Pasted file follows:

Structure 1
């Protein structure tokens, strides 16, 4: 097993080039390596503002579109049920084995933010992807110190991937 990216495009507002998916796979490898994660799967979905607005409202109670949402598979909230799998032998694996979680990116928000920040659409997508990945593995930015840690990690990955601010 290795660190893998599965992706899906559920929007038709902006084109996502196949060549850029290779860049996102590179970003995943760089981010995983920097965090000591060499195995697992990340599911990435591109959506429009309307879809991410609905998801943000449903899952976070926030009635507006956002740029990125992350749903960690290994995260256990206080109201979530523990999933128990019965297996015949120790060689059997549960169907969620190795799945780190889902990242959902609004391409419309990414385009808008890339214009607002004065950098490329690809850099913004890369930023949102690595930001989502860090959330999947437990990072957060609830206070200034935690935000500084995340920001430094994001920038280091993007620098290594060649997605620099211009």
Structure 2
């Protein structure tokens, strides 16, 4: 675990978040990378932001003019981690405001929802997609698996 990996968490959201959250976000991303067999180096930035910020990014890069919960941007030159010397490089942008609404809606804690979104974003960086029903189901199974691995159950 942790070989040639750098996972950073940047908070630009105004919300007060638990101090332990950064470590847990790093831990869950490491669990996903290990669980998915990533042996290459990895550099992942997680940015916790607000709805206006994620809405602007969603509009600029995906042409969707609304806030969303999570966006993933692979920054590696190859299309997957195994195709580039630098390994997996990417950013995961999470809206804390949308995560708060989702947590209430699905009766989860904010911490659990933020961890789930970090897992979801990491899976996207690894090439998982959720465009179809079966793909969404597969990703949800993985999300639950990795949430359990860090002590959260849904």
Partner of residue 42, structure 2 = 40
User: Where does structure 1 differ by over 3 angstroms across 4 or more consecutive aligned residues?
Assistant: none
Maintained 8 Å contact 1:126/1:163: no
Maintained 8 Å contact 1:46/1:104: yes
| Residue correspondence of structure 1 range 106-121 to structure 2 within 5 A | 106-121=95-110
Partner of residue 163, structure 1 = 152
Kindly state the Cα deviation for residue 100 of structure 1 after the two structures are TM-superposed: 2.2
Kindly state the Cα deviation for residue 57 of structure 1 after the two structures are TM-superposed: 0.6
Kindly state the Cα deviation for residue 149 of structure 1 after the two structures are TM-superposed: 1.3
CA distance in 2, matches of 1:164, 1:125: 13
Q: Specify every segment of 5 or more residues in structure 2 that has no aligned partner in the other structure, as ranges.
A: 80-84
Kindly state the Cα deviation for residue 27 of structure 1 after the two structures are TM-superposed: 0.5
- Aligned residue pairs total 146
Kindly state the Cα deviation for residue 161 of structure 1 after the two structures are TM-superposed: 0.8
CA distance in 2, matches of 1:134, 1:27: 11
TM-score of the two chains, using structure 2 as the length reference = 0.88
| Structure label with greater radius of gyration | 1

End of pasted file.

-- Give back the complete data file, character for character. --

Structure 1
């Protein structure tokens, strides 16, 4: 097993080039390596503002579109049920084995933010992807110190991937 990216495009507002998916796979490898994660799967979905607005409202109670949402598979909230799998032998694996979680990116928000920040659409997508990945593995930015840690990690990955601010 290795660190893998599965992706899906559920929007038709902006084109996502196949060549850029290779860049996102590179970003995943760089981010995983920097965090000591060499195995697992990340599911990435591109959506429009309307879809991410609905998801943000449903899952976070926030009635507006956002740029990125992350749903960690290994995260256990206080109201979530523990999933128990019965297996015949120790060689059997549960169907969620190795799945780190889902990242959902609004391409419309990414385009808008890339214009607002004065950098490329690809850099913004890369930023949102690595930001989502860090959330999947437990990072957060609830206070200034935690935000500084995340920001430094994001920038280091993007620098290594060649997605620099211009």
Structure 2
């Protein structure tokens, strides 16, 4: 675990978040990378932001003019981690405001929802997609698996 990996968490959201959250976000991303067999180096930035910020990014890069919960941007030159010397490089942008609404809606804690979104974003960086029903189901199974691995159950 942790070989040639750098996972950073940047908070630009105004919300007060638990101090332990950064470590847990790093831990869950490491669990996903290990669980998915990533042996290459990895550099992942997680940015916790607000709805206006994620809405602007969603509009600029995906042409969707609304806030969303999570966006993933692979920054590696190859299309997957195994195709580039630098390994997996990417950013995961999470809206804390949308995560708060989702947590209430699905009766989860904010911490659990933020961890789930970090897992979801990491899976996207690894090439998982959720465009179809079966793909969404597969990703949800993985999300639950990795949430359990860090002590959260849904």
Partner of residue 42, structure 2 = 40
User: Where does structure 1 differ by over 3 angstroms across 4 or more consecutive aligned residues?
Assistant: none
Maintained 8 Å contact 1:126/1:163: no
Maintained 8 Å contact 1:46/1:104: yes
| Residue correspondence of structure 1 range 106-121 to structure 2 within 5 A | 106-121=95-110
Partner of residue 163, structure 1 = 152
Kindly state the Cα deviation for residue 100 of structure 1 after the two structures are TM-superposed: 2.2
Kindly state the Cα deviation for residue 57 of structure 1 after the two structures are TM-superposed: 0.6
Kindly state the Cα deviation for residue 149 of structure 1 after the two structures are TM-superposed: 1.3
CA distance in 2, matches of 1:164, 1:125: 13
Q: Specify every segment of 5 or more residues in structure 2 that has no aligned partner in the other structure, as ranges.
A: 80-84
Kindly state the Cα deviation for residue 27 of structure 1 after the two structures are TM-superposed: 0.5
- Aligned residue pairs total 146
Kindly state the Cα deviation for residue 161 of structure 1 after the two structures are TM-superposed: 0.8
CA distance in 2, matches of 1:134, 1:27: 11
TM-score of the two chains, using structure 2 as the length reference = 0.88
| Structure label with greater radius of gyration | 1